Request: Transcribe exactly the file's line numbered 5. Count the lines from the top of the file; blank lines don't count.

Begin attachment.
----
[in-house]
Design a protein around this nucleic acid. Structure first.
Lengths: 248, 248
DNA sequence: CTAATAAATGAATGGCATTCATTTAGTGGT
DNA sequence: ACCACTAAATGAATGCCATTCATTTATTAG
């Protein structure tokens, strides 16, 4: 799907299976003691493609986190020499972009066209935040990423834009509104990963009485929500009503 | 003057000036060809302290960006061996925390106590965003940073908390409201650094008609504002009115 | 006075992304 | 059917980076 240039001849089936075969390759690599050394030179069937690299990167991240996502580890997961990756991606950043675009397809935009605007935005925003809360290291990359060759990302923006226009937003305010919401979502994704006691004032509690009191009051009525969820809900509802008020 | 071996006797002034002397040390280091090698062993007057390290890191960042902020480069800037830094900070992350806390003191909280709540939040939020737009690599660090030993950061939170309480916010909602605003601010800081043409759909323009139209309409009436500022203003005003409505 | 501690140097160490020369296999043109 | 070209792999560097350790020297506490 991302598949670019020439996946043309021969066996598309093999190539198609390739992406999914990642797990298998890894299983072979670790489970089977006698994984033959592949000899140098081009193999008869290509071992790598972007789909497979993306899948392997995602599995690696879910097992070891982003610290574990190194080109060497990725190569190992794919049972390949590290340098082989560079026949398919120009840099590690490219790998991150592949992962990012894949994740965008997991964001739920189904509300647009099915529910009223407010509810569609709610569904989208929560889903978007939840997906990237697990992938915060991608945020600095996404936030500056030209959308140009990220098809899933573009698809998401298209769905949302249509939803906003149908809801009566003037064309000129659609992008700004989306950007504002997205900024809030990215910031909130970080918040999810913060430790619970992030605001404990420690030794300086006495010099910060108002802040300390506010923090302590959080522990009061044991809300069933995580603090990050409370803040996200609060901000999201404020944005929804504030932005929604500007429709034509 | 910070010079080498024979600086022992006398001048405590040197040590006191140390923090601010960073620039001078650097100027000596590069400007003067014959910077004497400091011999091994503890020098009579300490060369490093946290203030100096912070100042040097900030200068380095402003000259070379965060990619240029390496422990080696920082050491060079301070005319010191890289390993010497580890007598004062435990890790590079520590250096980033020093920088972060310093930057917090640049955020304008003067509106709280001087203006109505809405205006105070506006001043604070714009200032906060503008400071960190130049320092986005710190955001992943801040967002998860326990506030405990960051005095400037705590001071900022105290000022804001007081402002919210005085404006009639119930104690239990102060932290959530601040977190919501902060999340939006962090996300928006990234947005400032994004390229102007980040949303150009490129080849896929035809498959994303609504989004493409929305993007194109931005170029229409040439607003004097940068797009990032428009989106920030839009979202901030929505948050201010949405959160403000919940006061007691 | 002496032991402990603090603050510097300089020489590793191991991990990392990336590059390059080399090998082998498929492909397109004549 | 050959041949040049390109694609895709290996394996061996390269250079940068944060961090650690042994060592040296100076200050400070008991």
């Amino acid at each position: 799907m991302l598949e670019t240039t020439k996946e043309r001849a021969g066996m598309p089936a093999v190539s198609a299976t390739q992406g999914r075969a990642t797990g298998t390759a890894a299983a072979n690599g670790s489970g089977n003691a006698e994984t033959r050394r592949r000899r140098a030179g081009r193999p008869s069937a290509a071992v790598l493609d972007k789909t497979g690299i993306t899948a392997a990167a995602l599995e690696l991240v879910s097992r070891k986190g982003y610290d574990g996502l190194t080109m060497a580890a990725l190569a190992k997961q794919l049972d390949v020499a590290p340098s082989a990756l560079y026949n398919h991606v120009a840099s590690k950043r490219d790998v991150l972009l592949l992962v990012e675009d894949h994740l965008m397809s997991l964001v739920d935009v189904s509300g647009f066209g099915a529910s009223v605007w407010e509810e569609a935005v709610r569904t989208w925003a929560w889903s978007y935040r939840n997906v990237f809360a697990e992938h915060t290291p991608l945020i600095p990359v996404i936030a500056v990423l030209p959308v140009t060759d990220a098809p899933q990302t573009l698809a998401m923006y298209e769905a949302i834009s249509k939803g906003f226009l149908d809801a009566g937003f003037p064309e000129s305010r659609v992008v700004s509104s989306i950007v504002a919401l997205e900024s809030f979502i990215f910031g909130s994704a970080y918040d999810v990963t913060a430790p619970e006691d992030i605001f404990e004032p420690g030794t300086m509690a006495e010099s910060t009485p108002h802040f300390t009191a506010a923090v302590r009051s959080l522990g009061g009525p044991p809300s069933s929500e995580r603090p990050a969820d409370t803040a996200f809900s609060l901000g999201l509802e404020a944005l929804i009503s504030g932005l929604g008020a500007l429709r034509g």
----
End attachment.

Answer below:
DNA sequence: ACCACTAAATGAATGCCATTCATTTATTAG